CONCLUSION AND DISCUSSION

In this study, we looked at the reasons for consumer product preferences which are formed on basis of the product design. We compared these reasons for preferences formed after short observation of the product alternatives (so no details can be perceived) and after long observation.

Expressive reasons are found to play an important role, as many subjects in both conditions mentioned them to underlie their preference. As expressiveness of a product leads to holistic processing (e.g., Mittal 1988), which can take place quickly and effortless, we proposed that expressive aspects play a role in the preference regardless of whether the observation time is short or long. This was indeed found.

Utilitarian reasons were mentioned by more subjects in the long observation condition. This supports the notion that subjects tend to judge utilitarian aspects analytically, for utilitarian beliefs are mentioned less when there is little opportunity to perceive details. However, still a sizable number of subjects mention utilitarian reasons in the short observation condition. The way in which these utilitarian beliefs are formed differs from the way in which they are formed in the long observation condition. In the latter condition, more utilitarian beliefs are based on details of the form (like display or buttons). In the short observation condition, most utilitarian beliefs are based on salient characteristics like colour or size (e.g., white is more clear and therefore easier in use) or on the overall product impression (e.g., has a profesional look and will therefore be of higher quality).

Typicality and attention drawing ability of the design played a minor role in determining preference. These roles will probably be bigger when there are many alternatives to choose from, instead of only two as in this study. However, as we expected they were only found to influence preference with short observation time, but this was only significant for typicality for hairdryer. The influence of typicality and attention drawing ability are often mentioned with relation to packages of fast moving consumer goods (Garber 1995, Schoormans and Robben 1997). Whether typicality and attention drawing ability of the design also influence preference for durable products is an issue for further research.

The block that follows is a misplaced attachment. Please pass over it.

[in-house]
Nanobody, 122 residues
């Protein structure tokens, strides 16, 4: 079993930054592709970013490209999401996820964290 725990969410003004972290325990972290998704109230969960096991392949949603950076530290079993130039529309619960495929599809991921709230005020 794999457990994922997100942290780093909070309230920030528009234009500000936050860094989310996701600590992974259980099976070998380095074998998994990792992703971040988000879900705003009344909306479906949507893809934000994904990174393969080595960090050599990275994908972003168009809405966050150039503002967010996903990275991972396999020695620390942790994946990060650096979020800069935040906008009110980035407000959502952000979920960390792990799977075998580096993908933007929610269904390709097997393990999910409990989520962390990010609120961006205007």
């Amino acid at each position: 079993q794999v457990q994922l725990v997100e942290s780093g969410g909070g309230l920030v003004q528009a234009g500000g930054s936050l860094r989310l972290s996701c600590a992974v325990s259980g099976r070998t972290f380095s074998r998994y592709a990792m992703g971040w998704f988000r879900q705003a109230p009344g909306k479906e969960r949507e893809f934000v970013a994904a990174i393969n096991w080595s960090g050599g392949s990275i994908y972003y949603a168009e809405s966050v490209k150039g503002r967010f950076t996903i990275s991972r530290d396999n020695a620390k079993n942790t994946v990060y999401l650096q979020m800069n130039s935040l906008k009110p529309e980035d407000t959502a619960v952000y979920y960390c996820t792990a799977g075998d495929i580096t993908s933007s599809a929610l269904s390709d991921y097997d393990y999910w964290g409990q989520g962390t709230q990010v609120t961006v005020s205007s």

This study gives some insight into the ways in which the product design influences consumer product preference. The overall impression that the design communicates, and its salient characteristics, are found to play a big role in the formation of expressive beliefs, but also in the formation of utilitarian beliefs when there is little opportunity to perceive details. We expect that the way in which subjects use information from the product design in the short observation condition will agree with the way they use the design in conditions of low motivation or ability to process product information. This is implied by the fact that also in the long observation condition a sizable number of subjects (10 out of 35 for clock radio and 26 out of 51 for hairdryer) form utilitarian beliefs on basis of the overall impression or salient characteristics of the design. As a lack of motivation, ability or opportunity to process product information may be descriptive of many purchase situations, it is important to take the utilitarian impression that the product as a whole communicates into account in designing the product.

A limitation of this study is the artificial situation that is created in the short observation condition. This may have led subjects to take the task less seriously, which may have promoted the mentioning of very salient characteristics like colour and size. Second, presentation on a slide may make it difficult to perceive details even in the long observation condition. In a purchase situation consumers can look at the product from a shorter distance and from different angles. This may mean that the differences in beliefs between consumers with and without enough motivation, opportunity or ability to process product information may be bigger in real purchase situations. For these reasons, other methods to vary motivation, opportunity or ability to process information should also be used.

Further, in this study only visual information is presented (except for brand names or words visible on the product exteriors). It should be investigated to what extent the roles that are found in this study still play a role when also verbal information is presented, which more resembles a real life choice situation. When for example the power of a hairdryer is mentioned verbally, it is not clear whether the size of the hairdryer (which in this study is found to influence the perception of power) still plays a role in forming a belief about the power.

The product design is often saliently present in the purchase situation, and determines the first impression of the product. Also, holistic, qualitative product aspects like aesthetics, usability and a sense of quality of manufacture, are often judged on basis of the product design. These aspects can have a significant impact on marketability (Srinivasan, Lovejoy, and Beach 1997). Optimization of the design to enhance consumer preference according to one role, may damage the positive influence of other roles. For example, the use of aesthetically valued bright colours, may damage the high quality impression that the product communicates. Therefore it is important to explicitly take the different influences of the product design on consumer product preference into account.